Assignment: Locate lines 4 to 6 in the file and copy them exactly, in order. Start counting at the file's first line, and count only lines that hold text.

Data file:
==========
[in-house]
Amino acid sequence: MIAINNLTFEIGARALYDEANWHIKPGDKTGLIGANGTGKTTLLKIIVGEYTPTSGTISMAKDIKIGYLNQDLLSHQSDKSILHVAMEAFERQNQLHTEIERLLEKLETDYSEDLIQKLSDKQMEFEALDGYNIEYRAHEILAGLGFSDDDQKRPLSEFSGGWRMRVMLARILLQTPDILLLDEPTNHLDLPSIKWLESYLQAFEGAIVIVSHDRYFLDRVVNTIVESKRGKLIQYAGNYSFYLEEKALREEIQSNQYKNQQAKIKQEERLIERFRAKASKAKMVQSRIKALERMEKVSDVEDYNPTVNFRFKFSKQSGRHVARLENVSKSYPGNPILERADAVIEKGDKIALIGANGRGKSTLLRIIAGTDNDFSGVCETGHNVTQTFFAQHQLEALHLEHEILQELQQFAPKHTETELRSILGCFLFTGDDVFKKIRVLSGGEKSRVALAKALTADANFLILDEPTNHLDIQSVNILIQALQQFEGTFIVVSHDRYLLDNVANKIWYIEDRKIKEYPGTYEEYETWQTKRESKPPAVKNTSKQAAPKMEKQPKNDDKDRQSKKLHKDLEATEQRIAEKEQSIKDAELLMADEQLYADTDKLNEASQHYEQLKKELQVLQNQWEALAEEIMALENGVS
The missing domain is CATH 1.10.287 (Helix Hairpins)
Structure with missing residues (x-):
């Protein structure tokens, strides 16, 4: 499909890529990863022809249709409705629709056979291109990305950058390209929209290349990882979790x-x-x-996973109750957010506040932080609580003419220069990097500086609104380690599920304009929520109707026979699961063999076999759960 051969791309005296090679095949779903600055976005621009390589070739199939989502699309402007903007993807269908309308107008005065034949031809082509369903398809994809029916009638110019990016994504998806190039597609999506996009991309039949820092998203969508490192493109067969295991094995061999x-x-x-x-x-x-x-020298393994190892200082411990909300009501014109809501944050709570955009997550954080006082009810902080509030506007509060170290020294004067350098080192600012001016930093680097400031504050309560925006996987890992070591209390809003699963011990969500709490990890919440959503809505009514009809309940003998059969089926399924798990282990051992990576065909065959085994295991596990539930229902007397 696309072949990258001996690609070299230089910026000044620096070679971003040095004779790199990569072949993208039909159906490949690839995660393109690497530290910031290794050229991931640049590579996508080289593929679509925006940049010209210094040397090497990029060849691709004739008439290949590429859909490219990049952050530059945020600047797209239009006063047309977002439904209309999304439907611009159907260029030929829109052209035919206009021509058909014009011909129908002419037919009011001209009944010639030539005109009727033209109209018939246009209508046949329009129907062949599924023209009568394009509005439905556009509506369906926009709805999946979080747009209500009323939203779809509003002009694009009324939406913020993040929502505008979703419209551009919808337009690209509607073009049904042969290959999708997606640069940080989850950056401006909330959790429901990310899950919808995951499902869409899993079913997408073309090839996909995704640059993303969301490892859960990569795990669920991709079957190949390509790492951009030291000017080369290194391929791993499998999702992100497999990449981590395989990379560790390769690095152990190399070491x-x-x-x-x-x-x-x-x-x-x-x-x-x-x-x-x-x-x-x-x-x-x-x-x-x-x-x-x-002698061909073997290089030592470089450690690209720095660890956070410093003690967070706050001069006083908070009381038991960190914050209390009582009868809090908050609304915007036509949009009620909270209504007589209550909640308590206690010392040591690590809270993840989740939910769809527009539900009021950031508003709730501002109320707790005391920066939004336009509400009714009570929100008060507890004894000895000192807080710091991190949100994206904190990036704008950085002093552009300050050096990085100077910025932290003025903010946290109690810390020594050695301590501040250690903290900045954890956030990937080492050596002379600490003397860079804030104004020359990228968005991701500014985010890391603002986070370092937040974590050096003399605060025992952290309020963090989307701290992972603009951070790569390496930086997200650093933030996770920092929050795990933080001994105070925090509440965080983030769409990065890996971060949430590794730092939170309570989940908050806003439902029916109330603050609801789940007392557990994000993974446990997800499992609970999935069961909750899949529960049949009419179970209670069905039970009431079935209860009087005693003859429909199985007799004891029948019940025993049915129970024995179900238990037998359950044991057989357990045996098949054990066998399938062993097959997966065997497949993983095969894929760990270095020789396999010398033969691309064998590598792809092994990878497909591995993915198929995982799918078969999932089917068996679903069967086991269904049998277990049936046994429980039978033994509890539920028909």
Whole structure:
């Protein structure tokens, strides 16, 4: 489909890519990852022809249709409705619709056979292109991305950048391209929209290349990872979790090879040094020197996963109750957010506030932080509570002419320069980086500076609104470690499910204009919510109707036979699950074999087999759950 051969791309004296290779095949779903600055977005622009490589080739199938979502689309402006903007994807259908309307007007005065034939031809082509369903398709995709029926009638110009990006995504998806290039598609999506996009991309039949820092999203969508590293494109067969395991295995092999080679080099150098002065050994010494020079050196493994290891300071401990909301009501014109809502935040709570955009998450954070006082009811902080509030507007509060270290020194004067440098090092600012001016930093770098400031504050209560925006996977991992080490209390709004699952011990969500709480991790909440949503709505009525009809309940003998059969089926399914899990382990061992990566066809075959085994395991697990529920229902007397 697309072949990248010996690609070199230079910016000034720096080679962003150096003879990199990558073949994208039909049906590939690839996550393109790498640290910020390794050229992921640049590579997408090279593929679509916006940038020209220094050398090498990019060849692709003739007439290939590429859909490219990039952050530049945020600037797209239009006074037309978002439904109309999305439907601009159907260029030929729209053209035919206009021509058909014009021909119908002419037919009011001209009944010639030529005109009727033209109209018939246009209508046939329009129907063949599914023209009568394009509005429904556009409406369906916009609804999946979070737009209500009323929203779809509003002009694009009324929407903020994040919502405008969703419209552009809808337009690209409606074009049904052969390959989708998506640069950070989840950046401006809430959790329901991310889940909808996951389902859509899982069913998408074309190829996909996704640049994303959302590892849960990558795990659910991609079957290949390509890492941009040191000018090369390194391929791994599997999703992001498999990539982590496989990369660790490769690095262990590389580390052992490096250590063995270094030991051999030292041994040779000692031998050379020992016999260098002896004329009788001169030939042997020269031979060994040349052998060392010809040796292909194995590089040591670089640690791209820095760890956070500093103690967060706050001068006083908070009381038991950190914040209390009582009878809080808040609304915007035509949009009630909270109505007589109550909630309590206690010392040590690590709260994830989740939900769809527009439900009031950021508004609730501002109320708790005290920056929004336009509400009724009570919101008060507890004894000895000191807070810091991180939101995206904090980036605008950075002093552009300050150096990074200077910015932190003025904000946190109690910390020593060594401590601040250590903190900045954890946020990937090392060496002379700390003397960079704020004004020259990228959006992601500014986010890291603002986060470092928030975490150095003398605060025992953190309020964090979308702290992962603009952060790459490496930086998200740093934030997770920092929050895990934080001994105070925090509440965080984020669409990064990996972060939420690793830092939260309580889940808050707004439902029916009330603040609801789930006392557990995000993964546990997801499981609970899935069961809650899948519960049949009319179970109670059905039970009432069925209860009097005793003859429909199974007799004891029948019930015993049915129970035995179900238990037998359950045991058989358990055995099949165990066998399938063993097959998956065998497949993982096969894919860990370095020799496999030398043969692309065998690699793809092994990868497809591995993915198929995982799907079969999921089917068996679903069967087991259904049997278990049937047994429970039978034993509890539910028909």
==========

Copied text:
Structure with missing residues (x-):
């Protein structure tokens, strides 16, 4: 499909890529990863022809249709409705629709056979291109990305950058390209929209290349990882979790x-x-x-996973109750957010506040932080609580003419220069990097500086609104380690599920304009929520109707026979699961063999076999759960 051969791309005296090679095949779903600055976005621009390589070739199939989502699309402007903007993807269908309308107008005065034949031809082509369903398809994809029916009638110019990016994504998806190039597609999506996009991309039949820092998203969508490192493109067969295991094995061999x-x-x-x-x-x-x-020298393994190892200082411990909300009501014109809501944050709570955009997550954080006082009810902080509030506007509060170290020294004067350098080192600012001016930093680097400031504050309560925006996987890992070591209390809003699963011990969500709490990890919440959503809505009514009809309940003998059969089926399924798990282990051992990576065909065959085994295991596990539930229902007397 696309072949990258001996690609070299230089910026000044620096070679971003040095004779790199990569072949993208039909159906490949690839995660393109690497530290910031290794050229991931640049590579996508080289593929679509925006940049010209210094040397090497990029060849691709004739008439290949590429859909490219990049952050530059945020600047797209239009006063047309977002439904209309999304439907611009159907260029030929829109052209035919206009021509058909014009011909129908002419037919009011001209009944010639030539005109009727033209109209018939246009209508046949329009129907062949599924023209009568394009509005439905556009509506369906926009709805999946979080747009209500009323939203779809509003002009694009009324939406913020993040929502505008979703419209551009919808337009690209509607073009049904042969290959999708997606640069940080989850950056401006909330959790429901990310899950919808995951499902869409899993079913997408073309090839996909995704640059993303969301490892859960990569795990669920991709079957190949390509790492951009030291000017080369290194391929791993499998999702992100497999990449981590395989990379560790390769690095152990190399070491x-x-x-x-x-x-x-x-x-x-x-x-x-x-x-x-x-x-x-x-x-x-x-x-x-x-x-x-x-002698061909073997290089030592470089450690690209720095660890956070410093003690967070706050001069006083908070009381038991960190914050209390009582009868809090908050609304915007036509949009009620909270209504007589209550909640308590206690010392040591690590809270993840989740939910769809527009539900009021950031508003709730501002109320707790005391920066939004336009509400009714009570929100008060507890004894000895000192807080710091991190949100994206904190990036704008950085002093552009300050050096990085100077910025932290003025903010946290109690810390020594050695301590501040250690903290900045954890956030990937080492050596002379600490003397860079804030104004020359990228968005991701500014985010890391603002986070370092937040974590050096003399605060025992952290309020963090989307701290992972603009951070790569390496930086997200650093933030996770920092929050795990933080001994105070925090509440965080983030769409990065890996971060949430590794730092939170309570989940908050806003439902029916109330603050609801789940007392557990994000993974446990997800499992609970999935069961909750899949529960049949009419179970209670069905039970009431079935209860009087005693003859429909199985007799004891029948019940025993049915129970024995179900238990037998359950044991057989357990045996098949054990066998399938062993097959997966065997497949993983095969894929760990270095020789396999010398033969691309064998590598792809092994990878497909591995993915198929995982799918078969999932089917068996679903069967086991269904049998277990049936046994429980039978033994509890539920028909």
Whole structure: